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What is Financial Liquidity?

Financial liquidity refers to the ease with which an asset can be converted to cash. Assessing financial liquidity is important on a corporation’s balance sheet, as it serves as an indication of how readily a company can pay off debts or weather a crisis. Continue reading...

What is Chapter 9?

Chapter 9 is a form of bankruptcy filing that is reserved for municipalities which have defaulted on their debt obligations. This could include a school district or other entities which have a municipal affiliation and the ability to generate revenue from local taxes. They cannot be made to liquidate anything. In fact, it forces the lender to accept a refinancing of the debt obligation. Because municipalities fall under state jurisdiction, the federal government, which governs bankruptcy court, does not have the ability to force liquidation of a municipal entity’s assets. Instead, this provision of bankruptcy law governs refinancing arrangements to facilitate the repayment of debts owed. Continue reading...

What is a Liquidity Ratio?

A liquidity ratio is also known as a current ratio, and it generally measures the amount of cash or readily available cash relative to current liabilities. Liquidity ratios are important measures to test a company’s solvency, in addition to its potential ability to handle economic shocks. Continue reading...

What is a Junior Security?

What is a Junior Security?

Junior Securities come last in the pecking order if a company gets liquidated; common stock shares are the most prevalent example. Junior securities are securities such as common stock which would be the last in order to receive any payout if the company were to go bankrupt. Examples of securities which are senior are Preferred Stock and Bonds; senior securities receive service first in the event of company insolvency. Continue reading...

What is Chapter 12?

Chapter 12 is a category of bankruptcy filing that can be made by a family farmer. It is otherwise similar in structure to Chapter 13 bankruptcy, where the debtor can prove an income and a trustee serves as intermediary between the debtor and the creditors. A family farmer will still be permitted to operate the farm once he has filed Chapter 12 bankruptcy. Like a Chapter 13 filing, the debtor will be allowed to propose a debt repayment schedule that he or she believes would be successful over the following 3-5 years. Some assets would be liquidated to pay off debts, but most of it would be paid according to the repayment schedule, under the care of a trustee who would serve as the proxy for the debtor in the remainder of the dealings with the creditors. Continue reading...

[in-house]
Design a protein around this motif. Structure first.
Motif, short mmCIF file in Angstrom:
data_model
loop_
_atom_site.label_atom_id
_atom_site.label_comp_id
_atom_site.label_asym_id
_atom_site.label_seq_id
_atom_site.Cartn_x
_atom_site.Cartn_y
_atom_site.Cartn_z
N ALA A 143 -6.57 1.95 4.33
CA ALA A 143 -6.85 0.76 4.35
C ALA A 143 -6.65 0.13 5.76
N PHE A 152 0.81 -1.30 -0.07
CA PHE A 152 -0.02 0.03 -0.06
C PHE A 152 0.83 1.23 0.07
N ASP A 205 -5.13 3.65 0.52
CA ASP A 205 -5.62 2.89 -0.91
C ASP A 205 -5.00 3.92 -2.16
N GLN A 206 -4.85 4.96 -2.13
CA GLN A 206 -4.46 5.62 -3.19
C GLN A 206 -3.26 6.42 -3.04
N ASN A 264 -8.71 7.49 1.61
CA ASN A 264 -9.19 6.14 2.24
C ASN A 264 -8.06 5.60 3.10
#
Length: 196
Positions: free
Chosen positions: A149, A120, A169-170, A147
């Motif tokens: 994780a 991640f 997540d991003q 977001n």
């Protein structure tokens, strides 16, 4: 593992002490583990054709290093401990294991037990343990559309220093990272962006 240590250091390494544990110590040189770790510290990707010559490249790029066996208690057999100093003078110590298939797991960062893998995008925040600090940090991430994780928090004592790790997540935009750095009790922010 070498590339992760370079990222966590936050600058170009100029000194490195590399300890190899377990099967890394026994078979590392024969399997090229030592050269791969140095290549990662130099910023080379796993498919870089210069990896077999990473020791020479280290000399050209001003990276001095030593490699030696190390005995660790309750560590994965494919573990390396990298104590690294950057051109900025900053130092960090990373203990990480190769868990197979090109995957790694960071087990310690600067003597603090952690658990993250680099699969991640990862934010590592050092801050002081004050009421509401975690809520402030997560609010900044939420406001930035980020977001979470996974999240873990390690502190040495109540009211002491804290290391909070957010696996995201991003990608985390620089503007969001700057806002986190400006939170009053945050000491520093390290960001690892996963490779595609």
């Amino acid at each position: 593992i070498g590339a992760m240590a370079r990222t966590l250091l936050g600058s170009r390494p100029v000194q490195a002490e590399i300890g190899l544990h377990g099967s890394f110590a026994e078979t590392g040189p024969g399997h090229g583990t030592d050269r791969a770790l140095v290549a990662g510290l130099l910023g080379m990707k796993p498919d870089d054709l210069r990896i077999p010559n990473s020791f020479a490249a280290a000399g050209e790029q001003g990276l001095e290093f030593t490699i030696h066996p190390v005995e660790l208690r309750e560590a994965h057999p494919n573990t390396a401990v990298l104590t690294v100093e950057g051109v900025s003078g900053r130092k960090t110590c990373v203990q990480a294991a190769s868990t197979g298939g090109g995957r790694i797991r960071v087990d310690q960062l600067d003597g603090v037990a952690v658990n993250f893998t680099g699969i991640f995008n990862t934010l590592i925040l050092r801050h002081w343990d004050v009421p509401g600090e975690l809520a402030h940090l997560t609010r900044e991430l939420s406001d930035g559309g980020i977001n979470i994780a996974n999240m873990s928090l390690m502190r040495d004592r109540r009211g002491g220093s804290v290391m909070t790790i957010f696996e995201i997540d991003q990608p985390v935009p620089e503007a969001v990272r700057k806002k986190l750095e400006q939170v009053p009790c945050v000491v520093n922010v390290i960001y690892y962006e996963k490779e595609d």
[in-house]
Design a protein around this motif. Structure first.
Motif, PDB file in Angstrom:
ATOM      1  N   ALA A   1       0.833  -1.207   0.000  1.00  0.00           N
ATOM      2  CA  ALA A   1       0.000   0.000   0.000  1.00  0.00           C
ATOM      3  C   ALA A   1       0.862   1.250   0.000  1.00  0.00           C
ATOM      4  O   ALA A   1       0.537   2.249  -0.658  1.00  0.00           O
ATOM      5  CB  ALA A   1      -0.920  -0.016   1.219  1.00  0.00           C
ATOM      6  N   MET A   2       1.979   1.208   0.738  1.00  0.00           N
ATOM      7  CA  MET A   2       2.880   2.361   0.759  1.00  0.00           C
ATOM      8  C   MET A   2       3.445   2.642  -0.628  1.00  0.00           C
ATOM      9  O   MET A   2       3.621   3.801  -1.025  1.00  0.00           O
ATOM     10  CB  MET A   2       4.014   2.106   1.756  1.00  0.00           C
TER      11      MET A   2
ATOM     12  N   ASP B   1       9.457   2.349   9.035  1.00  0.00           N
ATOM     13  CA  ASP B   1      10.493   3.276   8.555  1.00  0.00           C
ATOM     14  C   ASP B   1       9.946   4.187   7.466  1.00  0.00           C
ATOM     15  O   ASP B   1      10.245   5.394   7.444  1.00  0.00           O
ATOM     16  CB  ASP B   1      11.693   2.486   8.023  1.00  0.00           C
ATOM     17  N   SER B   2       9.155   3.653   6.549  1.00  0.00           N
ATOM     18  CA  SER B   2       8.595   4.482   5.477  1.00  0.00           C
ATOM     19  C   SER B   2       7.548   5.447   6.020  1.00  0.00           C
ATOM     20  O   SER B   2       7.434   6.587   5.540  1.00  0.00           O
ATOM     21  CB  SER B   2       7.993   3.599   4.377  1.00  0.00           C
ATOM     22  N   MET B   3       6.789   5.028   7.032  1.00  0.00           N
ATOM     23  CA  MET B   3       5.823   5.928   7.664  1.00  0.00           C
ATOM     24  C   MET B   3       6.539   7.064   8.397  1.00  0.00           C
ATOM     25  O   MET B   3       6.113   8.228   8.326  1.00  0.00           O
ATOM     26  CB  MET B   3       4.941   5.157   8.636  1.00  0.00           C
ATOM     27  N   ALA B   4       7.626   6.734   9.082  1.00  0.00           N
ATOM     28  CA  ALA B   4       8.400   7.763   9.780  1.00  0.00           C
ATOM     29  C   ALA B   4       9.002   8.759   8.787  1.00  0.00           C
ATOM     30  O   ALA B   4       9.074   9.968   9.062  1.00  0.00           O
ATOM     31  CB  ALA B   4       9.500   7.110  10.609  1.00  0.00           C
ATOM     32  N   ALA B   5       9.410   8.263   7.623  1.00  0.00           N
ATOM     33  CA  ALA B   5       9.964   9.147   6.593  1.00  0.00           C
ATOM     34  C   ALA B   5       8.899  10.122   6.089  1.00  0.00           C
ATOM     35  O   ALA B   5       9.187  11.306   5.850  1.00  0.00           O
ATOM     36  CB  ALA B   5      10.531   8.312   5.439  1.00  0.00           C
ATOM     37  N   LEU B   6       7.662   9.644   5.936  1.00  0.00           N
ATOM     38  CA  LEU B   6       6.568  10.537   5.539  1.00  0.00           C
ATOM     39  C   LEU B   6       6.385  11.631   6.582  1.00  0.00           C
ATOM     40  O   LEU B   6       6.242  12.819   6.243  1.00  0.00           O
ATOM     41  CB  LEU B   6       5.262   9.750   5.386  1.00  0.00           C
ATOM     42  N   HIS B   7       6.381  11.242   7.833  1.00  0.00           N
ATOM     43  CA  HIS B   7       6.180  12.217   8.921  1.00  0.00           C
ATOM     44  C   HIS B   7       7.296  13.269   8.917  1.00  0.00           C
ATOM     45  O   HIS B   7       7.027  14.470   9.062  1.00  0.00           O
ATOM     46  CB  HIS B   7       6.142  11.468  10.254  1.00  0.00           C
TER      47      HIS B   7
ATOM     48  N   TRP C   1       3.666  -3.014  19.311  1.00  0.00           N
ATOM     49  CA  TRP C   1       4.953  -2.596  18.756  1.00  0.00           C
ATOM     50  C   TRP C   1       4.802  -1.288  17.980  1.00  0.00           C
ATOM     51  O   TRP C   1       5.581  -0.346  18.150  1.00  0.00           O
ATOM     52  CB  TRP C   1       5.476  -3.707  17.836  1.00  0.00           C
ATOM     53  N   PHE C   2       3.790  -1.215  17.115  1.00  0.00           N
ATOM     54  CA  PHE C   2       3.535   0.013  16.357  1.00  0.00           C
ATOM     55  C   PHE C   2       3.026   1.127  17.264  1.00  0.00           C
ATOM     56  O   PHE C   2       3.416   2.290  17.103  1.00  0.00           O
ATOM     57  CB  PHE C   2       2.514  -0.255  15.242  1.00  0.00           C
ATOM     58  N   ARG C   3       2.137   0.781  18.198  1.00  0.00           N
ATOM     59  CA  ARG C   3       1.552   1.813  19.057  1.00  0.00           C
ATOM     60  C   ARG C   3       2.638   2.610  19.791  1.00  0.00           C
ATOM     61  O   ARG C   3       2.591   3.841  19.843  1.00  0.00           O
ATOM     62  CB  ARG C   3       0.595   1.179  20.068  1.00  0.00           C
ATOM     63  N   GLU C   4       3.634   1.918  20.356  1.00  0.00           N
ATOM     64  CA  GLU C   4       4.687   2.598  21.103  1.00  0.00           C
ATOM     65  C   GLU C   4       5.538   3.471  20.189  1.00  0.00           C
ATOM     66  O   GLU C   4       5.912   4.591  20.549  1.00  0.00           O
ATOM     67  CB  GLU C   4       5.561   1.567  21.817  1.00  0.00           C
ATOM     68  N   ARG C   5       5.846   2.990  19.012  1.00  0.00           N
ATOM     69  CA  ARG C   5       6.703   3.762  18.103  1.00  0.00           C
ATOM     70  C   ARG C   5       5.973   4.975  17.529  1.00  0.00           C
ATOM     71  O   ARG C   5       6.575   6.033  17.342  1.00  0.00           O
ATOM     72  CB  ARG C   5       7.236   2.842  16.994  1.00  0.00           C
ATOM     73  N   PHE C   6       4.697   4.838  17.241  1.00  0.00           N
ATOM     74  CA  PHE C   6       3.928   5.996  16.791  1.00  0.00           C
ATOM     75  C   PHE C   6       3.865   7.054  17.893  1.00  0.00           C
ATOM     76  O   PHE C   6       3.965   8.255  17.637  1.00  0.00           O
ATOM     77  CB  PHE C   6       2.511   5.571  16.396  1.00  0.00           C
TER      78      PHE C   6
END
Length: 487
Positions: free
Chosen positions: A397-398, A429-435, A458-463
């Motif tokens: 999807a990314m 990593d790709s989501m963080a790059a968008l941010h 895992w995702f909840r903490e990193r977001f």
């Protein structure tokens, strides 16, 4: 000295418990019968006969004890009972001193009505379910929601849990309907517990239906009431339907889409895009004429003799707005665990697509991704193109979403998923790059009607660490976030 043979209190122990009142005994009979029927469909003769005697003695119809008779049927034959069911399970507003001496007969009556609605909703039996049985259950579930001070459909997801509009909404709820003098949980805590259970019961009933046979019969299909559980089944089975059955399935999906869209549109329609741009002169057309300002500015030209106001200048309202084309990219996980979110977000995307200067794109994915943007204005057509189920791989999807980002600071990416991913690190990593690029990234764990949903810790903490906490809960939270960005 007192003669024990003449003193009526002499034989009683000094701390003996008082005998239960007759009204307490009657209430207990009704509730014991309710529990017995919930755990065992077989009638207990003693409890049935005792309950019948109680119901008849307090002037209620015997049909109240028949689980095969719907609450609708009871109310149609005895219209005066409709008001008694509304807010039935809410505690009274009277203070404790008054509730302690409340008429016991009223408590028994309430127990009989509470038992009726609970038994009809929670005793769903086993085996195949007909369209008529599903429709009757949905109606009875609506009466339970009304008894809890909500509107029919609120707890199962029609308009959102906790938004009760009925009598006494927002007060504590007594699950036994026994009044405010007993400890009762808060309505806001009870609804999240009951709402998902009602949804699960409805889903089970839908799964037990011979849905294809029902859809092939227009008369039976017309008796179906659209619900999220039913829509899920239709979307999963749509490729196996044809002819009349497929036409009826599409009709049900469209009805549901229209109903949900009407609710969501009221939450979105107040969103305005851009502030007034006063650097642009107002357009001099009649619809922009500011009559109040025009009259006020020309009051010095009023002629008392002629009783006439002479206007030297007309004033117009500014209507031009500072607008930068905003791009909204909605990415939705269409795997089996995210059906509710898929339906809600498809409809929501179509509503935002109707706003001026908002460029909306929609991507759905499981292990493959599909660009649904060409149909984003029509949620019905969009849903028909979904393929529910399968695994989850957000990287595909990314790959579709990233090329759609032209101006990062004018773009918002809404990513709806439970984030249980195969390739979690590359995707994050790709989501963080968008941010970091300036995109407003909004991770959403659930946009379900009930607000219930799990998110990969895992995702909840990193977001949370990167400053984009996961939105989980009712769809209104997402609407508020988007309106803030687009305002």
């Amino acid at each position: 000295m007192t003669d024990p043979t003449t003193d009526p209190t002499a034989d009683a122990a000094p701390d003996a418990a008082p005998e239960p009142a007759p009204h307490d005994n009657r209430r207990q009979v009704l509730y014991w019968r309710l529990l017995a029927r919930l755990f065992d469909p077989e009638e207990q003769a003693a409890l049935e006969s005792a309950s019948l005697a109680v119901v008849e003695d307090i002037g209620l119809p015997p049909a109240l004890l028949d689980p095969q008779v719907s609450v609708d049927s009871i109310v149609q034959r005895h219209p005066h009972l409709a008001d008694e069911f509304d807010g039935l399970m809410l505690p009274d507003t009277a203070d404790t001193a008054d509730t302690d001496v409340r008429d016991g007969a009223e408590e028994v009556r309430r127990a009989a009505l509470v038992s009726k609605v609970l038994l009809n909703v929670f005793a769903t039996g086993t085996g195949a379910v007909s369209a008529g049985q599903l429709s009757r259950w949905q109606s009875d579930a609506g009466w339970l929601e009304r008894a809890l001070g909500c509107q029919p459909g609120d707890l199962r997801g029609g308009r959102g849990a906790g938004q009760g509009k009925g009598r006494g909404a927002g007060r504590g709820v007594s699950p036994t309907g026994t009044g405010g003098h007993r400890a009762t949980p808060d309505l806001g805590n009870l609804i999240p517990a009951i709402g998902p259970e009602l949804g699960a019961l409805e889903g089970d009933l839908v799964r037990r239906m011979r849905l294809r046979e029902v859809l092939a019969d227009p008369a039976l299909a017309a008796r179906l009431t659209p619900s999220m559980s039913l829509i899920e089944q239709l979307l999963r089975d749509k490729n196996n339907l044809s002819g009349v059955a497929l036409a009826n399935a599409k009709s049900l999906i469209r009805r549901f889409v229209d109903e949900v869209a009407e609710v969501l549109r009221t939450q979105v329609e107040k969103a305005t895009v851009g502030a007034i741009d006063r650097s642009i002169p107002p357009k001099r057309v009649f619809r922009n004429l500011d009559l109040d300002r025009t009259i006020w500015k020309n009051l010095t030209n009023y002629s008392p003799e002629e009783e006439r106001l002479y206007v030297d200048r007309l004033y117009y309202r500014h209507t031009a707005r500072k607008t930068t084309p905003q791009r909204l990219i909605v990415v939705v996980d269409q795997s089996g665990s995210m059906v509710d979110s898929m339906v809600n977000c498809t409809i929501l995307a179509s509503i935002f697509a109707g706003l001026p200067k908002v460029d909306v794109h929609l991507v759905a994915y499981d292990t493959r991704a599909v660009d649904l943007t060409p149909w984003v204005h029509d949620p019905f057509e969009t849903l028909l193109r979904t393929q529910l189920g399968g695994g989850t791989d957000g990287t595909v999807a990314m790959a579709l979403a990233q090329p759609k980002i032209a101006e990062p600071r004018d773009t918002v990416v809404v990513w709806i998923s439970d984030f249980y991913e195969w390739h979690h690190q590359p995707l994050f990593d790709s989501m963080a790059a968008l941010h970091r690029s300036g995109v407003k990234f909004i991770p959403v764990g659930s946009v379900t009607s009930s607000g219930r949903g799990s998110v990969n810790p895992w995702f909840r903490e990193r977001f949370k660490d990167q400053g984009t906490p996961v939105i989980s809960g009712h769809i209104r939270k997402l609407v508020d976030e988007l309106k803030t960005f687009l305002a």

What is Return on Assets?

Return on Assets, or ROA, is an efficiency ratio which quantifies how much profit a company can generate with the assets it has. Return on Assets is a ratio of the net income of a company divided by the amount of assets it has on the books. It can also be synonymous with Return on Investment (ROI), at least at a corporate level. Theoretically this gives analysts an idea of how much profit a company could generate by buying more equipment or other assets, or how efficiently they use the assets in which they have invested. Comparing companies in a specific industry to their peers with ratios such as this one can be illuminating. Continue reading...

What is Abandonment Value?

The Abandonment Value is the salvage value left if a capital project is stopped short at an unknown time. Authors Robichek and Van Horne (1967) offered a very concise argument for the importance of including an Abandonment Value in the calculations leading to a company decision to undertake a long-term capital project. The calculation is useful for risk assessment, and tries to find the value at which project assets could be liquidated if the project could not be continued for some reason. Continue reading...